Re-Learning CSS Part 2: Simplify Cards with Flexbox
This is an ongoing series where I am starting over learning modern CSS. You can find other posts in this series below:
TL;DR - Styling cards used to be a pain. With Flexbox it's pretty easy!
CSS is tough. When I started professionally developing websites about five years ago, there was zero incentive to develop CSS knowledge; even basic layouts seemed hacky, with prolific use of
float: right; this and
margin: 0 auto; that. It didn't intrinsically make sense and only added to the mystique and inapproachability that was CSS at the time.
I often dreaded styling anything beyond minor tweaks. If I had to create a card, for example, I'd reach for Bootstrap or Bulma or Material Design. But with Flexbox there's no need! Let's start with a super simple example.
Card 1: Simple and centred
Let's say you want a very basic card that has one piece of child content in it, and that content is centred vertically and horizontally. For the sake of this example, let's say it's holiday destinations. Here's some simple code to get started:
Each card is an
article element. The cards are inside a
section element, where I applied some basic Grid styles. The important part for this example is inside the
Flex, like grid, are known as 'display-inside' keywords that can be assigned to the
display property. 'Display-inside' keywords change how the element's inner content is displayed. This is in contrast to 'display-outside' keywords that change the element's outer display type, or the role the element has in the layout flow. Some 'display-outside' keywords are
Within an element where the
display: flex; property/keyword is assigned, child elements are centred vertically with
align-items: center; and horizontally with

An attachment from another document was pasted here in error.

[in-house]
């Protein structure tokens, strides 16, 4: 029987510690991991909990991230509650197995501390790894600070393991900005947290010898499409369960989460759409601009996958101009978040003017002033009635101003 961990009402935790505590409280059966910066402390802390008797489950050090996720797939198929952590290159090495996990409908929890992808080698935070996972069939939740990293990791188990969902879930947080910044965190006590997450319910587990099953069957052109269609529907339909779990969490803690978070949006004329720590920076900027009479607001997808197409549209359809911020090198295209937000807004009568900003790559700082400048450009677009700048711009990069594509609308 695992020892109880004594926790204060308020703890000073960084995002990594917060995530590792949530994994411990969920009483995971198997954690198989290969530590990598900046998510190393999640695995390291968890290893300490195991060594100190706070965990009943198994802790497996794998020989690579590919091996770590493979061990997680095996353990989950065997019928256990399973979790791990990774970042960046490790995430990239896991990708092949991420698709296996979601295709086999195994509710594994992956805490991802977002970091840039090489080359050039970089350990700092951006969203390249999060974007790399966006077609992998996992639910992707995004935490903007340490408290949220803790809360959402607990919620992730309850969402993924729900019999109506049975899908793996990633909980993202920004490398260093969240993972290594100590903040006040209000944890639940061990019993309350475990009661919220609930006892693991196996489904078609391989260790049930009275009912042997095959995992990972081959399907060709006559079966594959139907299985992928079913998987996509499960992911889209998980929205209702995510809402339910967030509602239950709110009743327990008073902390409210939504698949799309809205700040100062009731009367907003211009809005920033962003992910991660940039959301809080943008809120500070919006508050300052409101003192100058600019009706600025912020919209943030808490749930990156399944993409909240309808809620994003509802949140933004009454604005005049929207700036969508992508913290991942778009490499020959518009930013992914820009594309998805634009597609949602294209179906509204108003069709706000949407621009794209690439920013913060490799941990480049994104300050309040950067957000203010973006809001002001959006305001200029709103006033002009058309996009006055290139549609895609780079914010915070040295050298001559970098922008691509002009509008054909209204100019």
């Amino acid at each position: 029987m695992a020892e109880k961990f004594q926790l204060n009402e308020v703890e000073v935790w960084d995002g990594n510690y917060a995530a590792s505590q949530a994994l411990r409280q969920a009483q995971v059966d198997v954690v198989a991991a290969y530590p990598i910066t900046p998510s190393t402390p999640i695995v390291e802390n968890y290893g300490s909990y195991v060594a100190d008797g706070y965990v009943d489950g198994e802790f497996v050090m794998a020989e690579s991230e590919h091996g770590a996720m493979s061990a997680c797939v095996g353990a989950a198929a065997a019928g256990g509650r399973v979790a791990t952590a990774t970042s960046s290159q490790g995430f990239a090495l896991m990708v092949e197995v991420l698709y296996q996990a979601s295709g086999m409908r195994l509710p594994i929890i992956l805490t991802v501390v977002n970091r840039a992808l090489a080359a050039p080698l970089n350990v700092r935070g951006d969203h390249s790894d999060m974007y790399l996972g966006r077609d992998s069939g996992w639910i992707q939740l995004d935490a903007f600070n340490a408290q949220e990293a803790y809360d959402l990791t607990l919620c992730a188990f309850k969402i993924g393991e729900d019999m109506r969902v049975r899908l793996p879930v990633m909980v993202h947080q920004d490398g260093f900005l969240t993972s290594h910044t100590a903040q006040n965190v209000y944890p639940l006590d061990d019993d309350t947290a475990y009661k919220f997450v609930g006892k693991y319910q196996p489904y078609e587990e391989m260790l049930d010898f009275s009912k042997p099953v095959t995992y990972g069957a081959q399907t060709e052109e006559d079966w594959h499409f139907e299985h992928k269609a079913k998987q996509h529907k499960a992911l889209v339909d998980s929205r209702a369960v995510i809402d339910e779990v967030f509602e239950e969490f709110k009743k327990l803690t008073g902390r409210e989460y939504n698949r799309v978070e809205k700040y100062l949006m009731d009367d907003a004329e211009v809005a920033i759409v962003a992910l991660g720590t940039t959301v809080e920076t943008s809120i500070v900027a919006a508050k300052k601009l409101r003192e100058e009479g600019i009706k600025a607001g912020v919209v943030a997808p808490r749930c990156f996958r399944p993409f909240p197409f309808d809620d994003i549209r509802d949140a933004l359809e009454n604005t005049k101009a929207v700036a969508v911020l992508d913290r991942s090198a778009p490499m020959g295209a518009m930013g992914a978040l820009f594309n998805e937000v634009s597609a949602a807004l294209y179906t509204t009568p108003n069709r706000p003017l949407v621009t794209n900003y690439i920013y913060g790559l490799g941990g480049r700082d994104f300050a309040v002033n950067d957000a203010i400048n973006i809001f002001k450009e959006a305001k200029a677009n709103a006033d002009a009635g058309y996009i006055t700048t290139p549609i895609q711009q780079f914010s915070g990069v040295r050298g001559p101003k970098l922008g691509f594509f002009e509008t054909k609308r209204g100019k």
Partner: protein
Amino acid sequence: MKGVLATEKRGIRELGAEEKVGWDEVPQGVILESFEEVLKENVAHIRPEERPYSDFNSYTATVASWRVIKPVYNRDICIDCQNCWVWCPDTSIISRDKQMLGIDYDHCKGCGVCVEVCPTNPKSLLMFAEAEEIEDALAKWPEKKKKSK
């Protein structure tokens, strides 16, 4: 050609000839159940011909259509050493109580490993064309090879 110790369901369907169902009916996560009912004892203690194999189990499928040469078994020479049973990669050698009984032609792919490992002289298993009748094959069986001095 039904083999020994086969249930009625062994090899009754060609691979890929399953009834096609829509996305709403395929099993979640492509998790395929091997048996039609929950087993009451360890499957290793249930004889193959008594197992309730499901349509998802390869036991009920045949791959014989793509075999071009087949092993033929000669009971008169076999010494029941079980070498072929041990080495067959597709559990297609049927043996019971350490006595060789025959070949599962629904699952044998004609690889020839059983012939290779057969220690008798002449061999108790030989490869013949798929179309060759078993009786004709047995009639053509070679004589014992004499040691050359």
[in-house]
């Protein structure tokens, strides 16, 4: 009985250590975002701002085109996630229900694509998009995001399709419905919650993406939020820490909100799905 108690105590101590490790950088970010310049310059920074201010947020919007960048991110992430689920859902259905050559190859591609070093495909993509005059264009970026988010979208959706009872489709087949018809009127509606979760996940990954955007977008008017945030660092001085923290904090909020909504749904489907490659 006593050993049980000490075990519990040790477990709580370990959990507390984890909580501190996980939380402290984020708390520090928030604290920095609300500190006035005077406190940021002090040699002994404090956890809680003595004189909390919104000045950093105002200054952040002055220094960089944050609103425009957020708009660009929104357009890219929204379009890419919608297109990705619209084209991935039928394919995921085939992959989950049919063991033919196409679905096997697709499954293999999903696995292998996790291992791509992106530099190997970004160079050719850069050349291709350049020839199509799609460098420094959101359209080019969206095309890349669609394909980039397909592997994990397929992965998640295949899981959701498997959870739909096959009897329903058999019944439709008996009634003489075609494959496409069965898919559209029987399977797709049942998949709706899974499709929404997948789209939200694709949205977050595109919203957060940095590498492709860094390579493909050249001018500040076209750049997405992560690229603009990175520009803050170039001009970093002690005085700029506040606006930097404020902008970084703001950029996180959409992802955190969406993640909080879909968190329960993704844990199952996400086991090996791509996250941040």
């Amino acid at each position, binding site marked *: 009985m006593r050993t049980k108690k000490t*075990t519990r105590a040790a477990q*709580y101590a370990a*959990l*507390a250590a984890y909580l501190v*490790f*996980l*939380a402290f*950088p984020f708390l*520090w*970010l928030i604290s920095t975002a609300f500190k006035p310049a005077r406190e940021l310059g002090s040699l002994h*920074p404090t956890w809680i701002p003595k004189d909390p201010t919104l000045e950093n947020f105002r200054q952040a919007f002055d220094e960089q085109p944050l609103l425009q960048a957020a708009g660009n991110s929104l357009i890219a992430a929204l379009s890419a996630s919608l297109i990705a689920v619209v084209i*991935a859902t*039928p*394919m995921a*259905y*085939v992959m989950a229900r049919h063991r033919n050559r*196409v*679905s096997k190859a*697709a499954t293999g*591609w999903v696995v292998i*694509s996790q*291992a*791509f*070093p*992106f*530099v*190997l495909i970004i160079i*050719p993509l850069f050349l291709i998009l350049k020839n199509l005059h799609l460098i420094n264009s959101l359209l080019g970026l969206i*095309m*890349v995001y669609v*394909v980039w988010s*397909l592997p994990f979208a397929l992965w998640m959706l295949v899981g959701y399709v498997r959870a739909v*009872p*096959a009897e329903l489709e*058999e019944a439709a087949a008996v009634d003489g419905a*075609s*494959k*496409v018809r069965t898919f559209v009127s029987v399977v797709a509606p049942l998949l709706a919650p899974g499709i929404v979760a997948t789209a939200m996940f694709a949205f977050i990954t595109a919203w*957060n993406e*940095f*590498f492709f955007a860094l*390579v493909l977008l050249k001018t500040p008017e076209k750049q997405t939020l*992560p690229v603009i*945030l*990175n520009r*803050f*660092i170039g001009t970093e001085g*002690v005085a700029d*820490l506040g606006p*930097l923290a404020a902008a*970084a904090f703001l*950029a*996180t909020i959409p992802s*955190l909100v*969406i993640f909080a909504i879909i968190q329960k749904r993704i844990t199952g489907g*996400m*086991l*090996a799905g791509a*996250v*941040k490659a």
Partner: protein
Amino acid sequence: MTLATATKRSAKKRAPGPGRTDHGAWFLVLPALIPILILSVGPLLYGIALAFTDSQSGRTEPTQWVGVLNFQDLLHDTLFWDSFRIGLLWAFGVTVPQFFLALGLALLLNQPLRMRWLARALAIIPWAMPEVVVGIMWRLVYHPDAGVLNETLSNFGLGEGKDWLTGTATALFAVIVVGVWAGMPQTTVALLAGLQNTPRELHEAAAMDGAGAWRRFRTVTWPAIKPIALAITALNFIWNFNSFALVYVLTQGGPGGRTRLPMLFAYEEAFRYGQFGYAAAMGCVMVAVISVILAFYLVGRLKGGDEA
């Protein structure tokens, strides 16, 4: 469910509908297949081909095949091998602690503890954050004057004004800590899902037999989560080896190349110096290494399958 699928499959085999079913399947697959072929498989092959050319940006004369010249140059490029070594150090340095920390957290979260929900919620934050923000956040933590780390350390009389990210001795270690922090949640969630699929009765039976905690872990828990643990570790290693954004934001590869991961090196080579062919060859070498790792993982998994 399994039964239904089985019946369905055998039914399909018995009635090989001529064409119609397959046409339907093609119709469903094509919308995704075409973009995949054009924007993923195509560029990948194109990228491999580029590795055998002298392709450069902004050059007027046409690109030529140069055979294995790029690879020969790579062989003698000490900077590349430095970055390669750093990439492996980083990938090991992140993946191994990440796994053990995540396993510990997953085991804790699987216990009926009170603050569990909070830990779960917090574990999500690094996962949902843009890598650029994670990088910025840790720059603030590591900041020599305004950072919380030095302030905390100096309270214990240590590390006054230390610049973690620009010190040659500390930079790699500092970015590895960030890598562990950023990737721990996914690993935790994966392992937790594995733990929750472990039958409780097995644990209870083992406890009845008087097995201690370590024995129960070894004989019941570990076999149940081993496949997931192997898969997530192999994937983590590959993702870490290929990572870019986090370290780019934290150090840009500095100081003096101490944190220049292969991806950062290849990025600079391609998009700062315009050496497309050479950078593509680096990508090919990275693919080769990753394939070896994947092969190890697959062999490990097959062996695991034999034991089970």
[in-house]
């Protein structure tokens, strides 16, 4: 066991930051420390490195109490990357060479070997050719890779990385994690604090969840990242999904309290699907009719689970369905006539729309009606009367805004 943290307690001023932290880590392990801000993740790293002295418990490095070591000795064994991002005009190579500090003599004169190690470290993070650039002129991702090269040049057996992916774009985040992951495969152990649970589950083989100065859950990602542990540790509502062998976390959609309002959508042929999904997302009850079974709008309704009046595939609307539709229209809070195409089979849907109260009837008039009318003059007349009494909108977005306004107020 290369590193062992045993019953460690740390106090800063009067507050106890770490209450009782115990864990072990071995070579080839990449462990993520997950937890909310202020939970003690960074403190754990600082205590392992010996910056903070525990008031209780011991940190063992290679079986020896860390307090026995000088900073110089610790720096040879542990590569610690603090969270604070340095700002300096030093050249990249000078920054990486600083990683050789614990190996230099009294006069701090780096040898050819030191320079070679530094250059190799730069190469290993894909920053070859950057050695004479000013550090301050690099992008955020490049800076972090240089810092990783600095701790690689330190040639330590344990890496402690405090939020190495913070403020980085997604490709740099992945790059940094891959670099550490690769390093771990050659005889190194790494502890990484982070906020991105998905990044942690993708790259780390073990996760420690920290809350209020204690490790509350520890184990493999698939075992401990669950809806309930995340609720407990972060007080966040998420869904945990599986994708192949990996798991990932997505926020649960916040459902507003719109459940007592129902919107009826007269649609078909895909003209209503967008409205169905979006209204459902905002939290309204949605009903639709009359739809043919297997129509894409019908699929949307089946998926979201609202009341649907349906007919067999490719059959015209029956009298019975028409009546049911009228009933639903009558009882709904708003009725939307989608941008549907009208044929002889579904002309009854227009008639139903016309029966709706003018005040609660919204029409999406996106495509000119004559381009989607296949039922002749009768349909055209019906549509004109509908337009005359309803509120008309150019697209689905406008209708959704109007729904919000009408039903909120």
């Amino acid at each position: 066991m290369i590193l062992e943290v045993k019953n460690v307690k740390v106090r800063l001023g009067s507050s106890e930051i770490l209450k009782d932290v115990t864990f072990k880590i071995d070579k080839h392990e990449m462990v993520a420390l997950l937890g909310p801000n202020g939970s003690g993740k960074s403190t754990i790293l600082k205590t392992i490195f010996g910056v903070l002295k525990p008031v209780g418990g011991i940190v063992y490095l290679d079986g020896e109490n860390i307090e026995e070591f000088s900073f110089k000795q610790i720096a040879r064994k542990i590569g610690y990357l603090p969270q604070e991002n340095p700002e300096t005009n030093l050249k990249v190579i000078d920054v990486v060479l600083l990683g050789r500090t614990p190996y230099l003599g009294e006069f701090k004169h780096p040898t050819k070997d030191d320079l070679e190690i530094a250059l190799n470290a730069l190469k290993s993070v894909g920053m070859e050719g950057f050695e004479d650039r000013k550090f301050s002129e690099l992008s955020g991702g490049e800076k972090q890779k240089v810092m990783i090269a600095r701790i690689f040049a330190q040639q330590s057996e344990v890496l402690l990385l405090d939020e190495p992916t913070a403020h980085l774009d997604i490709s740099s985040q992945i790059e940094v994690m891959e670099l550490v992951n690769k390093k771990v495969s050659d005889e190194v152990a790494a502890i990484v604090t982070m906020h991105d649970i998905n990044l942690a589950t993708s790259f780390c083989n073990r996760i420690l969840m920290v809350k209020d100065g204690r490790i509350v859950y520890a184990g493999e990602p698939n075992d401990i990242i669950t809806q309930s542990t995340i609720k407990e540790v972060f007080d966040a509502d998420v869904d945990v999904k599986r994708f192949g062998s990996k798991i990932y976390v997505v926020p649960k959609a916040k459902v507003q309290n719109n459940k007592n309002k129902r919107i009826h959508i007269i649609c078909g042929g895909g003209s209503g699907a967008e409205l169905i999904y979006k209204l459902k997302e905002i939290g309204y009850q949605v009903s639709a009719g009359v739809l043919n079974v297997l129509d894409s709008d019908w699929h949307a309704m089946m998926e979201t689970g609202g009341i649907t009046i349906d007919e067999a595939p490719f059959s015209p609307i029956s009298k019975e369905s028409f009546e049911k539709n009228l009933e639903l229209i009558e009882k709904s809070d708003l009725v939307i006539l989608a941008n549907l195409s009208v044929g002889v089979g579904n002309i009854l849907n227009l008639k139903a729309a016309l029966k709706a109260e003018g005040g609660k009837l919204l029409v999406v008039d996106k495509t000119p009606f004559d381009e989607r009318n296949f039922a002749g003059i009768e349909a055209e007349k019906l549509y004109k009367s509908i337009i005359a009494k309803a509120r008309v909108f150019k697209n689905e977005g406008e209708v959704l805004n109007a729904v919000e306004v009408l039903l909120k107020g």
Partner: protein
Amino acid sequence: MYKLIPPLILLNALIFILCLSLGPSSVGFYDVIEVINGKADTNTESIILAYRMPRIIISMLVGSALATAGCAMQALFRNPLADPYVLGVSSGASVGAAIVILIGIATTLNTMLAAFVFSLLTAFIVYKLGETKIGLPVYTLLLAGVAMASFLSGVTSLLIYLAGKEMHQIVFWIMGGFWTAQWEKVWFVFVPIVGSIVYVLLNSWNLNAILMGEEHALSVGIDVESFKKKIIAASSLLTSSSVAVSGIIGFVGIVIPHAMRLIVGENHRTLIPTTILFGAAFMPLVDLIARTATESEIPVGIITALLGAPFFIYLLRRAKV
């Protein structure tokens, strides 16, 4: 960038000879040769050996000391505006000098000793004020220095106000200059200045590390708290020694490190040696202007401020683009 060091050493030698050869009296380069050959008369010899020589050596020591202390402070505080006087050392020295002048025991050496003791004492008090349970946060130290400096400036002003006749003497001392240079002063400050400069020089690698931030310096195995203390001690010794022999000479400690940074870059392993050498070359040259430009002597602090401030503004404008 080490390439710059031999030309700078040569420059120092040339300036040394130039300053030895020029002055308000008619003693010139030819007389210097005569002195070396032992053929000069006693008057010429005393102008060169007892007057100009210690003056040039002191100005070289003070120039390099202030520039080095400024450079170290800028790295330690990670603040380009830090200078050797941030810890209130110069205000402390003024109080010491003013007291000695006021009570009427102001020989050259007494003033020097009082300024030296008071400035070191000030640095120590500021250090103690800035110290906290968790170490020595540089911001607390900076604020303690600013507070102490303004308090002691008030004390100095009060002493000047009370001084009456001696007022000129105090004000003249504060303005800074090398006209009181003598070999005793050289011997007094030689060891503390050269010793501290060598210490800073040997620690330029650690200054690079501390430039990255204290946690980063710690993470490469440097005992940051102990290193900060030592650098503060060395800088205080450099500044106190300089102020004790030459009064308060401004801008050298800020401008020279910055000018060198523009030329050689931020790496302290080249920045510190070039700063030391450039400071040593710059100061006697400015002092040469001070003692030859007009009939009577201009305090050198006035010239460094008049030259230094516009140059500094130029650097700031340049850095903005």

While this card layout is pretty simple, it's not all that useful. Let's move on to something we could more realistically use.
Card 2: Centred with sections
Building on the last example; we need a little more for your holiday cards. Just saying the destination name doesn't really do much. Let's add a photo, and the date visited:
Now each card's content is horizontally centre-aligned, and it has three sections: one for the header, one for the main content (a photo for this example), and one for the footer.
I made some changes to the card's max and min width and height, and added some basic styles to each section and the img elements, but those changes aren't that interesting, and you can check them out in the Pen above. The most interesting line of code for this example, at least that relates to Flexbox, is:\
This one line transposes the contents of our three new
section elements to display vertically instead of horizontally, similar to the
old-school display: block; versus display:
Ok! Our cards are starting to look pretty decent, but I think they could be better. Let's stick with the three sections we have for each card, but add some extra styling for functionality we might add later.
Card 3: Handling complex sections
The final example has the card's title and date in the 'header' section aligned to the left, and changes the footer to a 'card-action-area' where there are 'open' and 'edit' buttons.
In the new
header element we have a
card-date, each with styles specific to them. The header element has the style
align-self: flex-start; applied, which pull the child sections to the beginning (the flex start) of the element.
footer element also has two children,
edit buttons, but we want these to be displayed horizontally rather than vertically. With flex that's easy! Simply set the
card-action-area class to
display: flex;, which will apply to all it's child elements, and reset the
flex-direction to its default
Flexbox makes styling components like cards a breeze. It's powerful and applicable for simple or more complex components. I wish I had it when I started web development!